158 years ago, abolitionists Elizabeth Cady Stanton and Lucretia Mott gathered like-minded delegates to a village in upstate New York "to discuss the social, civil, and religious condition and rights of women." That gathering, known as the Seneca Falls Convention, sparked the women’s rights movement in the United States.
Depending on your perspective, the anniversary of America’s first women’s rights convention might inspire celebration, regret, or ambivalence. For those who are disappointed by the amount of progress women have made since July 19, 1848 (either too little or too much), such historical events can be too much of a downer–even when compared to the Civil War.
Historian Katherine J. Parkin, author of Food Is Love: Advertising and Gender Roles in Modern America, considers why a student might chose grizzlier subjects over women’s history.
A graduate student recently told me that in deciding between a course on the Civil War and my course on U.S. Women’s History, his greatest concern was that the course would be too depressing. I assumed that meant he would select Woman’s History over a course analyzing a war that killed 620,000 people and ripped our country apart. But to my surprise, he saw the women’s history course as more depressing. I never dreamed that he would consider my life’s work studying women’s history downbeat. I have always respected historians who do difficult history, like the late Iris Chang, who bravely documented the horrors of war in The Rape of Nanking. I had never counted those in the field of women’s history among those who shouldered such a difficult load.
Why did a student consider women’s history more dismal than a civil war? In some ways, I suppose it is not surprising that someone might perceive women’s history as depressing compared to much of the history that Americans embrace. There are wars, but we win them. How Americans freed themselves from their British oppressors or saved the world from the Nazi threat prove to be compelling action adventure stories. How women struggle against oppressors closer to home seems less patriotic and triumphant.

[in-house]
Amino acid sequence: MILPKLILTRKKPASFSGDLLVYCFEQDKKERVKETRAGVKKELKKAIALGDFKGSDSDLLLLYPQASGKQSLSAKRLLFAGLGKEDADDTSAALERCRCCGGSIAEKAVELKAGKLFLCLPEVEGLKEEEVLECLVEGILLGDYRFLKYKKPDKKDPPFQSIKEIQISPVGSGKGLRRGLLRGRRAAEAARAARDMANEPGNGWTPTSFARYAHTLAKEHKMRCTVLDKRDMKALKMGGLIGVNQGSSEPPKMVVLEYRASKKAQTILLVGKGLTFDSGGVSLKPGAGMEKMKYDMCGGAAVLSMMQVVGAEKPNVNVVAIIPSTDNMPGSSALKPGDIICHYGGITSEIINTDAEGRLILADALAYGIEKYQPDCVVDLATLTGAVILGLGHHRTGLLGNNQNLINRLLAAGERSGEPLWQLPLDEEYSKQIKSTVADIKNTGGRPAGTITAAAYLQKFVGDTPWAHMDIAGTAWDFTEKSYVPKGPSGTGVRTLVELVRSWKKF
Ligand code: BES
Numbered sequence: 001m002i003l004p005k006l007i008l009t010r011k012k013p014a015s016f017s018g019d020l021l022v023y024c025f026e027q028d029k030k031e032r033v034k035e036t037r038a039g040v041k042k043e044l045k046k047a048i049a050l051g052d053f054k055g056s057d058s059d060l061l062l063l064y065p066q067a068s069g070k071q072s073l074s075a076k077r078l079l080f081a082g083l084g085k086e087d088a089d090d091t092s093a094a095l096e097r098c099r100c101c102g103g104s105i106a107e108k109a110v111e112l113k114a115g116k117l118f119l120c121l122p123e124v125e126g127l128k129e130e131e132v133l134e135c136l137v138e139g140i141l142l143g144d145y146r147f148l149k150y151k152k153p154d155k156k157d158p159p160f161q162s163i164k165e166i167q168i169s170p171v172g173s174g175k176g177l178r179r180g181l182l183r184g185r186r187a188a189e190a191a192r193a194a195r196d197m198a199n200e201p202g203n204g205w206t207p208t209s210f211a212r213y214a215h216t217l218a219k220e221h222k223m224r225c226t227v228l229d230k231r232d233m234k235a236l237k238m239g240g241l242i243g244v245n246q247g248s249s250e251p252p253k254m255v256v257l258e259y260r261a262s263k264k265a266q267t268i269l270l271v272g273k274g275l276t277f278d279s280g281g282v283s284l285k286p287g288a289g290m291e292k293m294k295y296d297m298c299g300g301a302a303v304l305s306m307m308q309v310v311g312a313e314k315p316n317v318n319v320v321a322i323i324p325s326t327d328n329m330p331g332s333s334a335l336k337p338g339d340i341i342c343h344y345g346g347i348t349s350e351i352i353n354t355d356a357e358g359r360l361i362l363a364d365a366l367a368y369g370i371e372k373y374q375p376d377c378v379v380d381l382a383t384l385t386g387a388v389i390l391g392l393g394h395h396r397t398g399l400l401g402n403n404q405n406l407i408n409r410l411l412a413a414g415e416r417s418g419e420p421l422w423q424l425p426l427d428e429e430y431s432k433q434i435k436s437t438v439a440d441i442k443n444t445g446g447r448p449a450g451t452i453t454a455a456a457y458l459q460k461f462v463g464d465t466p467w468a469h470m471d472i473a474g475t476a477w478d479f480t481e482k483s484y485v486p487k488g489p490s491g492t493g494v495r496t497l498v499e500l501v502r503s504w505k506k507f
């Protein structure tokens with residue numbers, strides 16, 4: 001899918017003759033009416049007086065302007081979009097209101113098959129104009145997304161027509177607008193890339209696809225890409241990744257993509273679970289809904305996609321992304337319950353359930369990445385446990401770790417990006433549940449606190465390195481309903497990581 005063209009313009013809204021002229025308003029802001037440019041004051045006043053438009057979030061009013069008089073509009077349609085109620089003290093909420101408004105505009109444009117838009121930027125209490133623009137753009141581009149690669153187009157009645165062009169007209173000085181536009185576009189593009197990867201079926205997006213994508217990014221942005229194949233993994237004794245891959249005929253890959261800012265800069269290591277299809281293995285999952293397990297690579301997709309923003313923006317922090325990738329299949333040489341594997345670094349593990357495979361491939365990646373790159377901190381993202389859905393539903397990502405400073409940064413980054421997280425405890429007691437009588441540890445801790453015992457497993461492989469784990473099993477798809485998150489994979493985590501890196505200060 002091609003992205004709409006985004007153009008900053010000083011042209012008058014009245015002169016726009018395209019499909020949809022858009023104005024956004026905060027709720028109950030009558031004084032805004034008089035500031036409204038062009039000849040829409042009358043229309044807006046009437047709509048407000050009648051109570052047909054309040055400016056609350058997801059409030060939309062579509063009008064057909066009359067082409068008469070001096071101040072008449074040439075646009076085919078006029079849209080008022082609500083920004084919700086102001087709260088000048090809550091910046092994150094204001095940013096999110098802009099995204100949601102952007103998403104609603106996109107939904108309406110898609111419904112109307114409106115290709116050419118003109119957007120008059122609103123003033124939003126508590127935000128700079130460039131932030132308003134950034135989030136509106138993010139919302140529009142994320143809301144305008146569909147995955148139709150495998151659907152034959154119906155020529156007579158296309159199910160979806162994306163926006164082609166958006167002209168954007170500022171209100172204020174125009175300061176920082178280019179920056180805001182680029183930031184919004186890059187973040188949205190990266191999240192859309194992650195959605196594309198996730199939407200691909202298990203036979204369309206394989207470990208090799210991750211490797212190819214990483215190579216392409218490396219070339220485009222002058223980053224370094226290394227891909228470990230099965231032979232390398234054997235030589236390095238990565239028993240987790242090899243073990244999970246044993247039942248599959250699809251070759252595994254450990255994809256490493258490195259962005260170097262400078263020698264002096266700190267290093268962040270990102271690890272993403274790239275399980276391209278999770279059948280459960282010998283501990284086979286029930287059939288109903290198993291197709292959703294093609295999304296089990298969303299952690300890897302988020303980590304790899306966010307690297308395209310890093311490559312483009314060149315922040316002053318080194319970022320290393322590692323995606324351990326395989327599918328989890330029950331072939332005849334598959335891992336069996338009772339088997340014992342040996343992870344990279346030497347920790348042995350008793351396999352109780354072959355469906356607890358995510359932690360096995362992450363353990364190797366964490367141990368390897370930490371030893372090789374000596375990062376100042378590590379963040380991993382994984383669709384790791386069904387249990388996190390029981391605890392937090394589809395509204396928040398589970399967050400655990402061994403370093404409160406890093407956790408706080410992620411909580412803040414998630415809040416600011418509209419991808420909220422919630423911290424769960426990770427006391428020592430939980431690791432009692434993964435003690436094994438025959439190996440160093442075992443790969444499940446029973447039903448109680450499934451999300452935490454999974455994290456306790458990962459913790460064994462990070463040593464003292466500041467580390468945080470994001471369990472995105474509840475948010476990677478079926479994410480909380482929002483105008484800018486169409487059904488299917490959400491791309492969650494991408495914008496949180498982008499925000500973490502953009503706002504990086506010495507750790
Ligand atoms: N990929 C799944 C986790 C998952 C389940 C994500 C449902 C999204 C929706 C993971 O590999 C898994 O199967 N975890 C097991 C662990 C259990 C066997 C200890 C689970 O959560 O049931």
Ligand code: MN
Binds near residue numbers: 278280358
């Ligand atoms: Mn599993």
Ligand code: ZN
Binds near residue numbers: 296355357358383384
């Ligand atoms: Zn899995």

Another problem with the storyline is that it would seem that Americans are not quite sure they want women and men to be equal. Therefore, the progressive narrative, in which worthy heroes prevail over injustice, never unfolds to our full satisfaction. Even at the start of the 21st century, women continue to face challenges to their rights and respect. In October 2005, Neil French, the creative director for one of the world’s largest advertising conglomerates, told an audience that, "Women don’t make it to the top because they don’t deserve to. They’re crap." Compounding the sexism, many believe that women’s rights have already been sufficiently secured. Many seem comfortable with 21st-century reports that men earn considerably more than women in the workforce, accepting of the fact that women continue to put in twice as many hours a week on housework than men, and unfazed that women hold only 15 percent of the seats in the US Congress. Americans who seem at peace with women’s inequality may not be drawn to a history of those who fight against it.
We are fortunate, however, to have generations of women who fought to secure opportunities to live freely in whatever way they chose. And scholars of women’s history can find satisfaction in illuminating the work of these women. While famous women like Elizabeth Cady Stanton, Susan B. Anthony and Betty Friedan quickly spring to mind, less famous women, too, have changed lives. For example, simultaneously transforming her own life and American history, Nancy Kirk-Gormley set in motion a new awareness of domestic violence when she started the first local N.O.W. Task Force on battered women in 1973. Margaret Mead said we should, "Never doubt that a small group of thoughtful, committed citizens can change the world; indeed, it’s the only thing that ever has."
History is filled with powerful, proud, resilient women who have changed the world. And that is worth celebrating.
Related Penn Press Books in Women’s History:
by Judith M. Bennett
Victoria Woodhull’s Sexual Revolution
by Amanda Frisken
History and the Texture of Modern Life: Selected Essays
by Lucy Maynard Salmon. Edited by Nicholas Adams and Bonnie G. Smith
Women’s Radical Reconstruction
by Carol Faulkner
The Education of Jane Addams
by Victoria Bissell Brown